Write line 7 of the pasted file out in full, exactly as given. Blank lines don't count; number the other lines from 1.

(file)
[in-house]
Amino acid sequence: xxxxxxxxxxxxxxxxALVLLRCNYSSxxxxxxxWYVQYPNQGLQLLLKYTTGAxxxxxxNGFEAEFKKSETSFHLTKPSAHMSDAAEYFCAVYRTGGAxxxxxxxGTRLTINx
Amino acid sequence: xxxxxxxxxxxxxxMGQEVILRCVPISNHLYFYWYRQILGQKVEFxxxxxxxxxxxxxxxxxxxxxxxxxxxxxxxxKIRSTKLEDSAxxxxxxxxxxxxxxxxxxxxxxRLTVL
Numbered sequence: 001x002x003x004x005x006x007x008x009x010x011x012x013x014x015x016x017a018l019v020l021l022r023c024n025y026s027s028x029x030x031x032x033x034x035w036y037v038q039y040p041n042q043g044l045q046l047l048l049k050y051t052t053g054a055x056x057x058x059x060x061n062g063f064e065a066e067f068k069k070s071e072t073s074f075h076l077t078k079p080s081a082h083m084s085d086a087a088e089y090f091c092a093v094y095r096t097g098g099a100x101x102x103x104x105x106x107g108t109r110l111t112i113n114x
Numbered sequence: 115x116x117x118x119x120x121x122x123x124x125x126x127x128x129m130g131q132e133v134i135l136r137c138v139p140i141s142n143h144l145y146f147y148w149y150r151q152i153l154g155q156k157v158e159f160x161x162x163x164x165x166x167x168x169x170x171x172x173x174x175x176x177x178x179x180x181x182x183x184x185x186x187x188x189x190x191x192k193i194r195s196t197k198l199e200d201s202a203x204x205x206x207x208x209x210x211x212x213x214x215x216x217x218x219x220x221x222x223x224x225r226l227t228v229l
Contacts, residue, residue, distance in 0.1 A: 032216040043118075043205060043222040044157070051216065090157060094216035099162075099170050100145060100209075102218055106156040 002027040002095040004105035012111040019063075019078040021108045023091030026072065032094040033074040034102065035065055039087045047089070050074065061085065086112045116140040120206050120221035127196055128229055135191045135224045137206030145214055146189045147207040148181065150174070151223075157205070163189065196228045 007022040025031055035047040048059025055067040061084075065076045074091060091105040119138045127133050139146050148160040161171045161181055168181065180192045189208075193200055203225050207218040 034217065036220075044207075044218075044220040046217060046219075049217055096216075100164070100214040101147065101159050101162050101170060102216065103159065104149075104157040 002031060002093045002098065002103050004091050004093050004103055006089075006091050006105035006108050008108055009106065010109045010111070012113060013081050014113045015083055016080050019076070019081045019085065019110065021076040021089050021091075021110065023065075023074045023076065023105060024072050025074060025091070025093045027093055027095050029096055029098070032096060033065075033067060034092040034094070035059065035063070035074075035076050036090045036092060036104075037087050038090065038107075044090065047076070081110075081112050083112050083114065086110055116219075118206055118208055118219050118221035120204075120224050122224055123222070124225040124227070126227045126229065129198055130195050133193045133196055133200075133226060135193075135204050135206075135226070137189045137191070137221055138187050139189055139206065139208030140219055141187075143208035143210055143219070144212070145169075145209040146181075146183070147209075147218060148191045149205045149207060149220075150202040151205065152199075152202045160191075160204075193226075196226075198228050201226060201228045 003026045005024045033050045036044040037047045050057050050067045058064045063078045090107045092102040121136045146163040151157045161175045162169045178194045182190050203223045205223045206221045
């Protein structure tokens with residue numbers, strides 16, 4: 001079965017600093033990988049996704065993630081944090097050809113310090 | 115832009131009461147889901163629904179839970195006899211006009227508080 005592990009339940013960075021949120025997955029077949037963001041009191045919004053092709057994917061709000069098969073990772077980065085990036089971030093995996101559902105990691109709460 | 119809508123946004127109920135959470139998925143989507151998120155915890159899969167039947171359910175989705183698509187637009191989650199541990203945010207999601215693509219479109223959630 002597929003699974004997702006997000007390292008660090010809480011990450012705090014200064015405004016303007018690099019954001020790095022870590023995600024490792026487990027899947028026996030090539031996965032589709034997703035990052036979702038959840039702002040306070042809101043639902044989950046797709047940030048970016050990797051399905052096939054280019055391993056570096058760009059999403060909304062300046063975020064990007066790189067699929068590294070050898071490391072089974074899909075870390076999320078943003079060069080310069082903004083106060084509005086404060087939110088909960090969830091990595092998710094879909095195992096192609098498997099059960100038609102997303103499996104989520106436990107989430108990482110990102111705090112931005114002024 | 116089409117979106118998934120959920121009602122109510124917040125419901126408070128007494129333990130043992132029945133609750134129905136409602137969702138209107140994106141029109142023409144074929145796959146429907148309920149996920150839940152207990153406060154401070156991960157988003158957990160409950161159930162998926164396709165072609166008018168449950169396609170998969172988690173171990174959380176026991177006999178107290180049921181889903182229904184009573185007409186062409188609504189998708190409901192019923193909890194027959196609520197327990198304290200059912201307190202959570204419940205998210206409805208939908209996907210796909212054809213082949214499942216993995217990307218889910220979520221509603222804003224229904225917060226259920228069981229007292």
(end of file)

């Protein structure tokens with residue numbers, strides 16, 4: 001079965017600093033990988049996704065993630081944090097050809113310090 | 115832009131009461147889901163629904179839970195006899211006009227508080 005592990009339940013960075021949120025997955029077949037963001041009191045919004053092709057994917061709000069098969073990772077980065085990036089971030093995996101559902105990691109709460 | 119809508123946004127109920135959470139998925143989507151998120155915890159899969167039947171359910175989705183698509187637009191989650199541990203945010207999601215693509219479109223959630 002597929003699974004997702006997000007390292008660090010809480011990450012705090014200064015405004016303007018690099019954001020790095022870590023995600024490792026487990027899947028026996030090539031996965032589709034997703035990052036979702038959840039702002040306070042809101043639902044989950046797709047940030048970016050990797051399905052096939054280019055391993056570096058760009059999403060909304062300046063975020064990007066790189067699929068590294070050898071490391072089974074899909075870390076999320078943003079060069080310069082903004083106060084509005086404060087939110088909960090969830091990595092998710094879909095195992096192609098498997099059960100038609102997303103499996104989520106436990107989430108990482110990102111705090112931005114002024 | 116089409117979106118998934120959920121009602122109510124917040125419901126408070128007494129333990130043992132029945133609750134129905136409602137969702138209107140994106141029109142023409144074929145796959146429907148309920149996920150839940152207990153406060154401070156991960157988003158957990160409950161159930162998926164396709165072609166008018168449950169396609170998969172988690173171990174959380176026991177006999178107290180049921181889903182229904184009573185007409186062409188609504189998708190409901192019923193909890194027959196609520197327990198304290200059912201307190202959570204419940205998210206409805208939908209996907210796909212054809213082949214499942216993995217990307218889910220979520221509603222804003224229904225917060226259920228069981229007292």